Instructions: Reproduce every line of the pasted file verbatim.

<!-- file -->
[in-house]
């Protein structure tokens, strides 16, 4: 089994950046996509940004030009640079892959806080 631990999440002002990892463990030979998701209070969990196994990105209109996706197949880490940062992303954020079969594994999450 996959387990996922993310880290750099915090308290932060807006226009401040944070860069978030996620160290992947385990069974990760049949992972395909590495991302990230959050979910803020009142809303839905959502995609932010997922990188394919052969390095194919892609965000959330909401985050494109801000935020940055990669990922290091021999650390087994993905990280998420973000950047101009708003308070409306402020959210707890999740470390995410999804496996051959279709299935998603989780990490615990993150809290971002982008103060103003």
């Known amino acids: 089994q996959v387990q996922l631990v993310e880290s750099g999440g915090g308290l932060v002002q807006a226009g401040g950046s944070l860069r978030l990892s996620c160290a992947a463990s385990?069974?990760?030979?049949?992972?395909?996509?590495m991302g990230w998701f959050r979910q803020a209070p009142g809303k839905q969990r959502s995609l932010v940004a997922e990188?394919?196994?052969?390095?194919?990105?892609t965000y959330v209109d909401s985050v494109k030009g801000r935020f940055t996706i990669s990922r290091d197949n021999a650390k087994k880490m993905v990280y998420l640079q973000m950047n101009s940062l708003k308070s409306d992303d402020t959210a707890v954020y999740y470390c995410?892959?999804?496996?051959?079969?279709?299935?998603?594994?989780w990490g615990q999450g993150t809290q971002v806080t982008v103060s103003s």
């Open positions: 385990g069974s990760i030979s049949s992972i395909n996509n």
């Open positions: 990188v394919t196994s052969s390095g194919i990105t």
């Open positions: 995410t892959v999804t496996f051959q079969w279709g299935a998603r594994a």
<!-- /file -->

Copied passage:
[in-house]
């Protein structure tokens, strides 16, 4: 089994950046996509940004030009640079892959806080 631990999440002002990892463990030979998701209070969990196994990105209109996706197949880490940062992303954020079969594994999450 996959387990996922993310880290750099915090308290932060807006226009401040944070860069978030996620160290992947385990069974990760049949992972395909590495991302990230959050979910803020009142809303839905959502995609932010997922990188394919052969390095194919892609965000959330909401985050494109801000935020940055990669990922290091021999650390087994993905990280998420973000950047101009708003308070409306402020959210707890999740470390995410999804496996051959279709299935998603989780990490615990993150809290971002982008103060103003």
């Known amino acids: 089994q996959v387990q996922l631990v993310e880290s750099g999440g915090g308290l932060v002002q807006a226009g401040g950046s944070l860069r978030l990892s996620c160290a992947a463990s385990?069974?990760?030979?049949?992972?395909?996509?590495m991302g990230w998701f959050r979910q803020a209070p009142g809303k839905q969990r959502s995609l932010v940004a997922e990188?394919?196994?052969?390095?194919?990105?892609t965000y959330v209109d909401s985050v494109k030009g801000r935020f940055t996706i990669s990922r290091d197949n021999a650390k087994k880490m993905v990280y998420l640079q973000m950047n101009s940062l708003k308070s409306d992303d402020t959210a707890v954020y999740y470390c995410?892959?999804?496996?051959?079969?279709?299935?998603?594994?989780w990490g615990q999450g993150t809290q971002v806080t982008v103060s103003s």
């Open positions: 385990g069974s990760i030979s049949s992972i395909n996509n």
């Open positions: 990188v394919t196994s052969s390095g194919i990105t």
């Open positions: 995410t892959v999804t496996f051959q079969w279709g299935a998603r594994a």